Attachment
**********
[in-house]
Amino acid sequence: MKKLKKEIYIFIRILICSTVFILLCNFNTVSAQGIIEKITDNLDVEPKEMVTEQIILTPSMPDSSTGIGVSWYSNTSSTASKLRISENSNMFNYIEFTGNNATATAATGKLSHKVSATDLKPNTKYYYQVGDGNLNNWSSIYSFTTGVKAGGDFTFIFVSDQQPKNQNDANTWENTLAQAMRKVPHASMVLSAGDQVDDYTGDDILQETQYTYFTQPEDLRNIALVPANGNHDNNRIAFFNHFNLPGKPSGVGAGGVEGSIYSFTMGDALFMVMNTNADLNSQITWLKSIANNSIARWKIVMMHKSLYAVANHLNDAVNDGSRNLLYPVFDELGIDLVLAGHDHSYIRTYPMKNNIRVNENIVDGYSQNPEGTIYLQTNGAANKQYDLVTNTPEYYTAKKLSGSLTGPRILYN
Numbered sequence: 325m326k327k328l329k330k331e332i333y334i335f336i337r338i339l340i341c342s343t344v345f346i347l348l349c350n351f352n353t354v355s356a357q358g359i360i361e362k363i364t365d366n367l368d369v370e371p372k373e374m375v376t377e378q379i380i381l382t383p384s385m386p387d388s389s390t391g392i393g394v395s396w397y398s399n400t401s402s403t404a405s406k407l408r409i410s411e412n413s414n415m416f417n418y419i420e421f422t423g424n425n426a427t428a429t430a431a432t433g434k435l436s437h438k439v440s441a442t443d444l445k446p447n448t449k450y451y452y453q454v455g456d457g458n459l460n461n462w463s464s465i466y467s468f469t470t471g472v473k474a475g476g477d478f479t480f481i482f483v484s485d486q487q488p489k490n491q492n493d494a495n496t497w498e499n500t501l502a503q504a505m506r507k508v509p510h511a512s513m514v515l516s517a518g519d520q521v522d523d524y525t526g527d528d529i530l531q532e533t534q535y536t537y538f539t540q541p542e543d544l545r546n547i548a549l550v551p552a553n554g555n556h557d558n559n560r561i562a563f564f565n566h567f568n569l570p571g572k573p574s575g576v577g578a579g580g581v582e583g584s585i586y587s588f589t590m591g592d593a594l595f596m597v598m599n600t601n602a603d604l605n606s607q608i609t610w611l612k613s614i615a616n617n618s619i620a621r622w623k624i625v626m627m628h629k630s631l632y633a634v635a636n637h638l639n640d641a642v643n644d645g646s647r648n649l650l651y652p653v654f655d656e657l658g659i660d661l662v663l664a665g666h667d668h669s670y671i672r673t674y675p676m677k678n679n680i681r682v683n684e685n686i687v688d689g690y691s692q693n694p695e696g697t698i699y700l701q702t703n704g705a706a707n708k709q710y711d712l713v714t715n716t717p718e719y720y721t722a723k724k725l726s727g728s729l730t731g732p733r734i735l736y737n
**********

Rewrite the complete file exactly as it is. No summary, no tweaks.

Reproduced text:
[in-house]
Amino acid sequence: MKKLKKEIYIFIRILICSTVFILLCNFNTVSAQGIIEKITDNLDVEPKEMVTEQIILTPSMPDSSTGIGVSWYSNTSSTASKLRISENSNMFNYIEFTGNNATATAATGKLSHKVSATDLKPNTKYYYQVGDGNLNNWSSIYSFTTGVKAGGDFTFIFVSDQQPKNQNDANTWENTLAQAMRKVPHASMVLSAGDQVDDYTGDDILQETQYTYFTQPEDLRNIALVPANGNHDNNRIAFFNHFNLPGKPSGVGAGGVEGSIYSFTMGDALFMVMNTNADLNSQITWLKSIANNSIARWKIVMMHKSLYAVANHLNDAVNDGSRNLLYPVFDELGIDLVLAGHDHSYIRTYPMKNNIRVNENIVDGYSQNPEGTIYLQTNGAANKQYDLVTNTPEYYTAKKLSGSLTGPRILYN
Numbered sequence: 325m326k327k328l329k330k331e332i333y334i335f336i337r338i339l340i341c342s343t344v345f346i347l348l349c350n351f352n353t354v355s356a357q358g359i360i361e362k363i364t365d366n367l368d369v370e371p372k373e374m375v376t377e378q379i380i381l382t383p384s385m386p387d388s389s390t391g392i393g394v395s396w397y398s399n400t401s402s403t404a405s406k407l408r409i410s411e412n413s414n415m416f417n418y419i420e421f422t423g424n425n426a427t428a429t430a431a432t433g434k435l436s437h438k439v440s441a442t443d444l445k446p447n448t449k450y451y452y453q454v455g456d457g458n459l460n461n462w463s464s465i466y467s468f469t470t471g472v473k474a475g476g477d478f479t480f481i482f483v484s485d486q487q488p489k490n491q492n493d494a495n496t497w498e499n500t501l502a503q504a505m506r507k508v509p510h511a512s513m514v515l516s517a518g519d520q521v522d523d524y525t526g527d528d529i530l531q532e533t534q535y536t537y538f539t540q541p542e543d544l545r546n547i548a549l550v551p552a553n554g555n556h557d558n559n560r561i562a563f564f565n566h567f568n569l570p571g572k573p574s575g576v577g578a579g580g581v582e583g584s585i586y587s588f589t590m591g592d593a594l595f596m597v598m599n600t601n602a603d604l605n606s607q608i609t610w611l612k613s614i615a616n617n618s619i620a621r622w623k624i625v626m627m628h629k630s631l632y633a634v635a636n637h638l639n640d641a642v643n644d645g646s647r648n649l650l651y652p653v654f655d656e657l658g659i660d661l662v663l664a665g666h667d668h669s670y671i672r673t674y675p676m677k678n679n680i681r682v683n684e685n686i687v688d689g690y691s692q693n694p695e696g697t698i699y700l701q702t703n704g705a706a707n708k709q710y711d712l713v714t715n716t717p718e719y720y721t722a723k724k725l726s727g728s729l730t731g732p733r734i735l736y737n